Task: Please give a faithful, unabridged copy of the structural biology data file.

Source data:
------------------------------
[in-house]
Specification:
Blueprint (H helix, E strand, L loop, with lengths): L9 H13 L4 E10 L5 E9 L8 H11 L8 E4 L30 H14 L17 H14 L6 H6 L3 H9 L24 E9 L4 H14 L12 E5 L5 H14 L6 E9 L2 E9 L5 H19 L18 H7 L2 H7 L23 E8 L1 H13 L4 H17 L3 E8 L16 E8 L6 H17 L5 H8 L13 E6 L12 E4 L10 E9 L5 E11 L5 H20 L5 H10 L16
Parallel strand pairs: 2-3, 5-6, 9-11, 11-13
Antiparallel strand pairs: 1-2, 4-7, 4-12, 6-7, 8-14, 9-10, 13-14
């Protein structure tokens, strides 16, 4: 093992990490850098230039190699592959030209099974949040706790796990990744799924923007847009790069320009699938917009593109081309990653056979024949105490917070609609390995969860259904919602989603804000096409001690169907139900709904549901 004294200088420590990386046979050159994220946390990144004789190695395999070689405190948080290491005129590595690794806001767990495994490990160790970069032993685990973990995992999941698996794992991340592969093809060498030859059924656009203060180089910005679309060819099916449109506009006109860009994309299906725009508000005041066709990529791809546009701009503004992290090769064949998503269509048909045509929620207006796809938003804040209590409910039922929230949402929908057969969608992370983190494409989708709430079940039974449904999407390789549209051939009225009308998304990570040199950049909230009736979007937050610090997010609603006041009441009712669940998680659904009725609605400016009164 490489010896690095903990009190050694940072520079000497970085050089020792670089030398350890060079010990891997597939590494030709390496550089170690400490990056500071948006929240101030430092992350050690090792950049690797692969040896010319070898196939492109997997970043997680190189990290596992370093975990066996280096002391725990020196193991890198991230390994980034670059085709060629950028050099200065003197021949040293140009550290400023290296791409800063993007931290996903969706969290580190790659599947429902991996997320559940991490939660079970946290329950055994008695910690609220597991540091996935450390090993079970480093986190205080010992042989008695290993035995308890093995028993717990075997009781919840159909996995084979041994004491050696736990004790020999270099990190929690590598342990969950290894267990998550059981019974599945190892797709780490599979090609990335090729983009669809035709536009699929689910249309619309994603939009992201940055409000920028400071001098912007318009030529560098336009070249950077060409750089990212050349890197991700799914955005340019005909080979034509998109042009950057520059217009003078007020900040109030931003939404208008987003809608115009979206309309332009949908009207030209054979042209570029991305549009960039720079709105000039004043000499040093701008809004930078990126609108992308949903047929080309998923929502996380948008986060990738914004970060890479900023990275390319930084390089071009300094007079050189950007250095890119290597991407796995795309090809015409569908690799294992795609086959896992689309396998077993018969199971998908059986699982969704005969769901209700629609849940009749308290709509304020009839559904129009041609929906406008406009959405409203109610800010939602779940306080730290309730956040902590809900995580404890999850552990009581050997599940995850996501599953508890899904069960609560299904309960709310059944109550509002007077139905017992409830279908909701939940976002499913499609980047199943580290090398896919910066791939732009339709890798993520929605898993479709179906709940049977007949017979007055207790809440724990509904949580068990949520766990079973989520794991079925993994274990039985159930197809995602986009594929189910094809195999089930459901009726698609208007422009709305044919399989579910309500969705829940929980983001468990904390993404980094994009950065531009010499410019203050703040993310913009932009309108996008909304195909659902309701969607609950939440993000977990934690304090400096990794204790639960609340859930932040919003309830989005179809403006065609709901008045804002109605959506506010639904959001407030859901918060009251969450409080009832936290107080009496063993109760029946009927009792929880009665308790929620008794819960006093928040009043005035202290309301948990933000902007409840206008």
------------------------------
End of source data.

[in-house]
Specification:
Blueprint (H helix, E strand, L loop, with lengths): L9 H13 L4 E10 L5 E9 L8 H11 L8 E4 L30 H14 L17 H14 L6 H6 L3 H9 L24 E9 L4 H14 L12 E5 L5 H14 L6 E9 L2 E9 L5 H19 L18 H7 L2 H7 L23 E8 L1 H13 L4 H17 L3 E8 L16 E8 L6 H17 L5 H8 L13 E6 L12 E4 L10 E9 L5 E11 L5 H20 L5 H10 L16
Parallel strand pairs: 2-3, 5-6, 9-11, 11-13
Antiparallel strand pairs: 1-2, 4-7, 4-12, 6-7, 8-14, 9-10, 13-14
């Protein structure tokens, strides 16, 4: 093992990490850098230039190699592959030209099974949040706790796990990744799924923007847009790069320009699938917009593109081309990653056979024949105490917070609609390995969860259904919602989603804000096409001690169907139900709904549901 004294200088420590990386046979050159994220946390990144004789190695395999070689405190948080290491005129590595690794806001767990495994490990160790970069032993685990973990995992999941698996794992991340592969093809060498030859059924656009203060180089910005679309060819099916449109506009006109860009994309299906725009508000005041066709990529791809546009701009503004992290090769064949998503269509048909045509929620207006796809938003804040209590409910039922929230949402929908057969969608992370983190494409989708709430079940039974449904999407390789549209051939009225009308998304990570040199950049909230009736979007937050610090997010609603006041009441009712669940998680659904009725609605400016009164 490489010896690095903990009190050694940072520079000497970085050089020792670089030398350890060079010990891997597939590494030709390496550089170690400490990056500071948006929240101030430092992350050690090792950049690797692969040896010319070898196939492109997997970043997680190189990290596992370093975990066996280096002391725990020196193991890198991230390994980034670059085709060629950028050099200065003197021949040293140009550290400023290296791409800063993007931290996903969706969290580190790659599947429902991996997320559940991490939660079970946290329950055994008695910690609220597991540091996935450390090993079970480093986190205080010992042989008695290993035995308890093995028993717990075997009781919840159909996995084979041994004491050696736990004790020999270099990190929690590598342990969950290894267990998550059981019974599945190892797709780490599979090609990335090729983009669809035709536009699929689910249309619309994603939009992201940055409000920028400071001098912007318009030529560098336009070249950077060409750089990212050349890197991700799914955005340019005909080979034509998109042009950057520059217009003078007020900040109030931003939404208008987003809608115009979206309309332009949908009207030209054979042209570029991305549009960039720079709105000039004043000499040093701008809004930078990126609108992308949903047929080309998923929502996380948008986060990738914004970060890479900023990275390319930084390089071009300094007079050189950007250095890119290597991407796995795309090809015409569908690799294992795609086959896992689309396998077993018969199971998908059986699982969704005969769901209700629609849940009749308290709509304020009839559904129009041609929906406008406009959405409203109610800010939602779940306080730290309730956040902590809900995580404890999850552990009581050997599940995850996501599953508890899904069960609560299904309960709310059944109550509002007077139905017992409830279908909701939940976002499913499609980047199943580290090398896919910066791939732009339709890798993520929605898993479709179906709940049977007949017979007055207790809440724990509904949580068990949520766990079973989520794991079925993994274990039985159930197809995602986009594929189910094809195999089930459901009726698609208007422009709305044919399989579910309500969705829940929980983001468990904390993404980094994009950065531009010499410019203050703040993310913009932009309108996008909304195909659902309701969607609950939440993000977990934690304090400096990794204790639960609340859930932040919003309830989005179809403006065609709901008045804002109605959506506010639904959001407030859901918060009251969450409080009832936290107080009496063993109760029946009927009792929880009665308790929620008794819960006093928040009043005035202290309301948990933000902007409840206008």